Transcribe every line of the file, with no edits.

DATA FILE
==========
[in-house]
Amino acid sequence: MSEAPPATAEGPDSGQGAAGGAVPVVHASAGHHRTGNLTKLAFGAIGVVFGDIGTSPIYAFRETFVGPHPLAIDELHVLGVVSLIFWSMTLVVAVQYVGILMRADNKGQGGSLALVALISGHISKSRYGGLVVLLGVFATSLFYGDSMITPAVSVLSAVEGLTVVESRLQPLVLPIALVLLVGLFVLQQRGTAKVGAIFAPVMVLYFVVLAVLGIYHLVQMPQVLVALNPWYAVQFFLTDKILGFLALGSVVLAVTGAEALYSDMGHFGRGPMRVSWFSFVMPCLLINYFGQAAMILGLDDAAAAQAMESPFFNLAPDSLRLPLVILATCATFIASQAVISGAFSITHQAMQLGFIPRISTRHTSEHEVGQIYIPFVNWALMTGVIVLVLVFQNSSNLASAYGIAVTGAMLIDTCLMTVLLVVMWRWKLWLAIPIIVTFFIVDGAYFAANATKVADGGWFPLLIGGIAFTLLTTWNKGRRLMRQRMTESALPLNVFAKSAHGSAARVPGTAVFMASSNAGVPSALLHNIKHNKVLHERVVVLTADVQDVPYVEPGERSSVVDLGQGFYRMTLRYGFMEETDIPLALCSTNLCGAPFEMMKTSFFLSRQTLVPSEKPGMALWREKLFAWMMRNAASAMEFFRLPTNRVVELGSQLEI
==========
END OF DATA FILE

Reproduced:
[in-house]
Amino acid sequence: MSEAPPATAEGPDSGQGAAGGAVPVVHASAGHHRTGNLTKLAFGAIGVVFGDIGTSPIYAFRETFVGPHPLAIDELHVLGVVSLIFWSMTLVVAVQYVGILMRADNKGQGGSLALVALISGHISKSRYGGLVVLLGVFATSLFYGDSMITPAVSVLSAVEGLTVVESRLQPLVLPIALVLLVGLFVLQQRGTAKVGAIFAPVMVLYFVVLAVLGIYHLVQMPQVLVALNPWYAVQFFLTDKILGFLALGSVVLAVTGAEALYSDMGHFGRGPMRVSWFSFVMPCLLINYFGQAAMILGLDDAAAAQAMESPFFNLAPDSLRLPLVILATCATFIASQAVISGAFSITHQAMQLGFIPRISTRHTSEHEVGQIYIPFVNWALMTGVIVLVLVFQNSSNLASAYGIAVTGAMLIDTCLMTVLLVVMWRWKLWLAIPIIVTFFIVDGAYFAANATKVADGGWFPLLIGGIAFTLLTTWNKGRRLMRQRMTESALPLNVFAKSAHGSAARVPGTAVFMASSNAGVPSALLHNIKHNKVLHERVVVLTADVQDVPYVEPGERSSVVDLGQGFYRMTLRYGFMEETDIPLALCSTNLCGAPFEMMKTSFFLSRQTLVPSEKPGMALWREKLFAWMMRNAASAMEFFRLPTNRVVELGSQLEI